Thos. Co3grove, iAia a'.t,e£jonccr charged with attempting to destroy ,v /?tablo_ in Castlcreagli street, Sydney, with dymuf^ifi, has been sentenced to ten years' hard teho?'. i The Italian Government intend sending Captain Caoati, who was rescued from j Equatoria Africa i« wnvpany with Emm j Pasha by Stanley, on tw>otjier exploring .mission through Africa. Mr A. W. Hogg, the well-known Mastovton journalist, will be the Opposition candidate for the jMasterton scat, and Mr P. M'Guire will contest Egmont in the same interest. The canal to connect the North Sea at the mouth of the Elbe will, when finished, be 61 mil©? long, '85 feet broad at the bottom, nearly 200 .feet at the water level, and of sufficient dejptti to take the largest German I war vessels. Ix, is paid that the property ieip by the Due de Montpensier amounts to about" eight mfllions sterling. Ho loaves four millioiia j to the Comtesao de Paris and her son the ' Due d'Orleans. The rest is left to his own ' son, the infant Don Antonio. j •'•'.Cor^e Jjere, my little man," said -a gentleman co it youngster of five years, I '-while sitting in a parlour .where -a large i company was assembled. "Do you know 'me?" "Ycth, thir." "Who am I?" "You ith the man that kithed mamma when papa was in Thuflolk,
Mr E. G. Eddy, !the New South Wales Railway Commissioner has consented to allow the '• Tamworth News" four weeks to make a full apology to him for the libel contained in an article throwing discredit on his management of railways. The " Sydney Morning Herald " refers with pleasure to the fact that frozen fish Irom New Zealand is being received into the local markets, hnd states that in future the local fishermen will have to compete with New Zealand, for which they have only themselves to blame. Christchurch telegrams say that influenza still prevails in that city. One death has occurred from it, that of Mr W. H. Shaw, secretary to the Waste Land Board. He was 43 years of age, an active member of the Church of England, and honorary - secretary of the Society for the Prevention of Cruelty to Animals. He had been in weak health for several years. Workmen are busy at the old Town Hall ( buildings, making a very important altera- ■ tion in the frontage. Mr John Moison, shoemaker, has leased the two front shops that were recently vacated and these are now in process of being thrown into one, the floor, brought to one level, and the general -; - -J--: very much altered and' im- !/■■■. ' ■ As appears by advertisement elsewhere special services by connection with the Baptist church will be conducted by Mrs Bteyertz in the Oddfellows Hall on Sunday next at the unusal hours. This lady is a convert to Christianity from Jewish faith, and has the reputation of being an evangelist of great power, whilst her lectures on Old Testament subjects are said to be of a deeply interesting character. Her name has been well known in Victoria for many years, and she has recently laboured in Otago with great success. All are invited to attend. At the meeting of the Education Board on Thursday, the Chairman read the report of the election to fill the extraordinary vacancy caused by the resignation of Mr Cunningham, statiLg that 117 voting papers had been received, besides two informal ones. The 117 votes were giveu as follows :— John Joyce, 28; H. Allwright, 22; E. R. Good, 21; W. J. Steward, 19; Rev. W. Finlayson, 17; J. T.'Smith, 10. Mr John Joyce was declared duly elected, and took his seat. La, grippe appears to have taken a complete hold of Lyttelton (says the " Tunes ") during the past week. The members of the police , force have pretty well all " had a turn." like- f wise the whole of the yard foremen on tho railway and many others. The last place where the epidemic has appeared is in gaol. There it is seizing hold of warders and prisoners alike. On Sunday 12 fresh, cases occured, while on Monday two men who went to Ripa Island in good health in the morning had to be sent back to gaol in the afternoon. One of the prisoners who was to have appeared at the Christchurch Court had to be remanded in consequence of an attack, At Sheffield, where the epidemic is prevalent, a young girl who was in delicate health succumbed to the complaint. The "New Zealand Herald" hears on good authority that the real reason why the Minister for Lands turned back on his journey to the Uriwera Countiy was that the nativer drew a line—an aukati—and peremptorily prohibited any European passing it without their express sanction. This sanction they refused to give, and the Minister had to return. Tho incident is regretable, as the same natives, promised Mr Locke (whose sudden death wasanuounced the other day) to give access to their country to anyone coming with him. He, was sent on a mission to them by the. Government last year, and reported the result in a paper laid before Parliament. To have ■ made the attempt without his be:ng of the party was a blunder which, we fear can only be attributed to official jealously on the part of the Native Department towards an outsider. Tha Rsv. J. P. Chapman, Fijian mis-, sionary, at present on a visit from the seeno of his labors, last evening delivered a very interesting lecture in the Wesleyan Church. His subject was " Missionary Life in Fiji," and'in the course of tho lecture much interesting infonnaUon was given about the satisfacloiy spread of the Gospel in ttlb islands, and the great need there still was for workers. Mr Chapman had 'quite a museum of pretty and unique things with him, illustrative of the habits and customs of the people, and the character of their daily life. Ifc was to be regretted that a lecture as intcrestiug and instructive as Mr Chapman's was not more largely attended, n^t qp.ly by the Wp3leyan people themselves hut by the general public, seeing that soouor or later a very large trade must be done by New Zealand with the Islands. We have to complain very much of the conduct of the officials of the Ashburton Working Men's Club. We sent a, reporter to their annual meeting on Thursday evening and were about to publish a leport of the proceedings when we received a request to delay the publication till Tuesday evening as the Chairman wished only those matters published which were regarded as public ■■ -.---.- W- --rreed to await the receipt : ■ promised by the Secretary, but this did not come to hand and now after all this delay ,we find the proceedings reported in our Ciristehurch conten porary the "Pre3s" —i:i "';:• li--i|> 1!'-'1 of ourselves. Following : >\&-f iv" (i:"' ' meeting which would have/■.Oeeu published on Tuesday morning but fo^the action above referred to : —The annual general meeting of members of the Ashburton Club and Mutual School of Arts was held on Monday night. About thirty members were present, and Mr G. F. Scott occupied the chair. The balance sheet showed a surplus of assets over liabilities of £42Q 7s Id including the section in Burnett Street that hart been purchased on which to build a new club-house. The President's report treated of the proposed new building and other matters appertaining to the Club, and both the report and balance sheet were adopted, and the latter ordered to be printed. It was decided in future to, print the balance, sheet a week before the half-yearly general meeting £ynd lot each member have a copy A resolution was passed to procures plans fur a brick building not to exceed £800 in cos ».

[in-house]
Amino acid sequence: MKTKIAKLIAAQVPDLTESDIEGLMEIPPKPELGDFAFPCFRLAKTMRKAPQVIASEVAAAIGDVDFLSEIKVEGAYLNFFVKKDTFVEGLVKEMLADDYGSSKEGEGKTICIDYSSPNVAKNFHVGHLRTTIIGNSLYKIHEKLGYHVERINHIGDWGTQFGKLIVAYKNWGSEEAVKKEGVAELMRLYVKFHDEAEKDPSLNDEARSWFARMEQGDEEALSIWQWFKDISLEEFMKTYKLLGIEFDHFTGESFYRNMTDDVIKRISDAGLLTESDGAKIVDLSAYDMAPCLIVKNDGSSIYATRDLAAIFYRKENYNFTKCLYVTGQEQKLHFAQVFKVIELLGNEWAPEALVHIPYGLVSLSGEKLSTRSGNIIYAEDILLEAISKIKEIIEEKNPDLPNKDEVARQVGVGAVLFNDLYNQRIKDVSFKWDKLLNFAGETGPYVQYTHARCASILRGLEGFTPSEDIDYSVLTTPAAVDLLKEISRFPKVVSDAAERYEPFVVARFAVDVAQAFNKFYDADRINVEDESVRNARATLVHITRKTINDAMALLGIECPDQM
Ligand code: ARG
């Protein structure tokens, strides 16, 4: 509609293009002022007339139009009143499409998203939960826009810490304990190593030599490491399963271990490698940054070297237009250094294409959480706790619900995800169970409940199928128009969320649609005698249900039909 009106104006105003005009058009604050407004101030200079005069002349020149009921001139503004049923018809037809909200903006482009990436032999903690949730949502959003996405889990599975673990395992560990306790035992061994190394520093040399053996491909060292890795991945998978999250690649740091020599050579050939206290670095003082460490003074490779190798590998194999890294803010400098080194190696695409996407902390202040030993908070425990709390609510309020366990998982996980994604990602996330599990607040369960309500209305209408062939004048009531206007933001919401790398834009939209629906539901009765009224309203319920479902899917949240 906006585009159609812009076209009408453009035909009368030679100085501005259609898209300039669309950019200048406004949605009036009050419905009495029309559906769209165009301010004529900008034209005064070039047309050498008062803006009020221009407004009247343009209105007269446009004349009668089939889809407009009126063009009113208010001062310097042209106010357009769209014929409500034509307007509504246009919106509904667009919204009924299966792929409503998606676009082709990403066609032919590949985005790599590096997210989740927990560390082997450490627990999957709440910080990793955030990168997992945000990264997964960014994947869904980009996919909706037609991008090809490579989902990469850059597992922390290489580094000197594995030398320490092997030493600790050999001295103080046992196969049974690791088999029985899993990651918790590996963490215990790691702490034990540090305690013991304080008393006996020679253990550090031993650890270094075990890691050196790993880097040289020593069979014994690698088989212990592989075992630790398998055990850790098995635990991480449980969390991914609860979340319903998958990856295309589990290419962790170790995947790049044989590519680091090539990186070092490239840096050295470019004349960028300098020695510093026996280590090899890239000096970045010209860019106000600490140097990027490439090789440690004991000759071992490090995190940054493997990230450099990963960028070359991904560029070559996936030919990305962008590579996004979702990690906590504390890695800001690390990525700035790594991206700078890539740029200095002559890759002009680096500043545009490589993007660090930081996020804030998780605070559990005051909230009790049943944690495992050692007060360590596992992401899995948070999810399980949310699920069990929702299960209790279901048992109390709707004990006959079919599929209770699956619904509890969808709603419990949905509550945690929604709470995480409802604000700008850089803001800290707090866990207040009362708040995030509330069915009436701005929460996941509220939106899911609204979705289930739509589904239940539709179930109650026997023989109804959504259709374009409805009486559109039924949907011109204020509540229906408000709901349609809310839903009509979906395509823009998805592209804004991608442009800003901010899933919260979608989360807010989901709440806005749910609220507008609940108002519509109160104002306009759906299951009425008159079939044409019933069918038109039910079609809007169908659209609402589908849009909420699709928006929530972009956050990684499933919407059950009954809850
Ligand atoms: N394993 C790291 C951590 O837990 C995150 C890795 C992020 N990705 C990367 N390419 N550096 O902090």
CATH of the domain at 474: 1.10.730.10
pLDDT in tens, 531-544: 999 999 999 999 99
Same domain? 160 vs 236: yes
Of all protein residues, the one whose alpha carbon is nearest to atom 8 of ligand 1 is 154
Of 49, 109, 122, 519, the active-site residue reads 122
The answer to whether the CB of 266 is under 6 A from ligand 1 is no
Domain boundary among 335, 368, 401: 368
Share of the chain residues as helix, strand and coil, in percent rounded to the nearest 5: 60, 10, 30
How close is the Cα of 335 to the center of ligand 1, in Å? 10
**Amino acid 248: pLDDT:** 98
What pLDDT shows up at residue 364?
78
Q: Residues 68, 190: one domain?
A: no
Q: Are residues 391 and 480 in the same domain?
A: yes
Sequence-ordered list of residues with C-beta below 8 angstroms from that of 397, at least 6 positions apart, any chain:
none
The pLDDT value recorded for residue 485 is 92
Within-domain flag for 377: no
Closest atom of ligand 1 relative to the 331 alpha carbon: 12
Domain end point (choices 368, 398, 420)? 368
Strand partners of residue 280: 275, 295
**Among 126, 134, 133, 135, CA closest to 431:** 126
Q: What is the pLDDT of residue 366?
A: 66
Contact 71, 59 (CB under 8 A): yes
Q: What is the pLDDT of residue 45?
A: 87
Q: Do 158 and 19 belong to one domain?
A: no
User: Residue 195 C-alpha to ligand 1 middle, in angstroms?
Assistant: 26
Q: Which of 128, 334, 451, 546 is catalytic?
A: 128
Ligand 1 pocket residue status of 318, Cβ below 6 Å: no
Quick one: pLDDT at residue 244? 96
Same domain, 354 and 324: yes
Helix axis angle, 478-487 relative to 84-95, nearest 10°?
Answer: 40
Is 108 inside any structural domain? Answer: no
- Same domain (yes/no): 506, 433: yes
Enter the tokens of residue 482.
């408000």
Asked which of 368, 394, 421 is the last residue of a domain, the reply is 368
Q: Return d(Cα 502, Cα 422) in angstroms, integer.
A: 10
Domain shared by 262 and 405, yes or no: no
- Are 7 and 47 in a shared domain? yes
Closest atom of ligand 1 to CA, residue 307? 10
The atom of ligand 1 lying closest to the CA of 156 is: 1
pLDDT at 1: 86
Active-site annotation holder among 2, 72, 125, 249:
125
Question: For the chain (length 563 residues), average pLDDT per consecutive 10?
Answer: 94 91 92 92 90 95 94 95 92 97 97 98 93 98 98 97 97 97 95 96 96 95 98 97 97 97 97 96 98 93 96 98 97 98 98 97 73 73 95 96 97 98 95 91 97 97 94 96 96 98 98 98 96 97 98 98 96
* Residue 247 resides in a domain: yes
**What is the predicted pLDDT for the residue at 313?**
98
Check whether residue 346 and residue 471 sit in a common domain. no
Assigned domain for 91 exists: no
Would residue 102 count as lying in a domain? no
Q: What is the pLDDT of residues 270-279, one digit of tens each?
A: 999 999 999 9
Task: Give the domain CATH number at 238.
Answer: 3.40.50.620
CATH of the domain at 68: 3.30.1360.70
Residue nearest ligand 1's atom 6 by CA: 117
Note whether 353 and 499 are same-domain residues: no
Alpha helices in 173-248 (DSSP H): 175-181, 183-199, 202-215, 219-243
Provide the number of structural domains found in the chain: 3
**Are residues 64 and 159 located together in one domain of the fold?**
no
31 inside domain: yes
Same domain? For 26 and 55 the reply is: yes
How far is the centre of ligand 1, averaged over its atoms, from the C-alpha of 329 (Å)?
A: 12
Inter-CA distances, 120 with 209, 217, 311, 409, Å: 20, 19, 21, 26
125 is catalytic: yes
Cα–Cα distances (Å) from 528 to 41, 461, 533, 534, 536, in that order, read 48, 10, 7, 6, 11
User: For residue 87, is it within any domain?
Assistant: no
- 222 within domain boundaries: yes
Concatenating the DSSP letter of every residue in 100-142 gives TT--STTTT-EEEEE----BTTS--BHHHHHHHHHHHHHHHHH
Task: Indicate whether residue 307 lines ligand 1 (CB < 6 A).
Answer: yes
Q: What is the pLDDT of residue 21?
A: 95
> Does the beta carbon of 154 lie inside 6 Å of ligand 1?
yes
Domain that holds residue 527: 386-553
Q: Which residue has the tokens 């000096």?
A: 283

LOCAL AND GENERAL, Ashburton Guardian, Volume XII, Issue 6552, 18 April 1890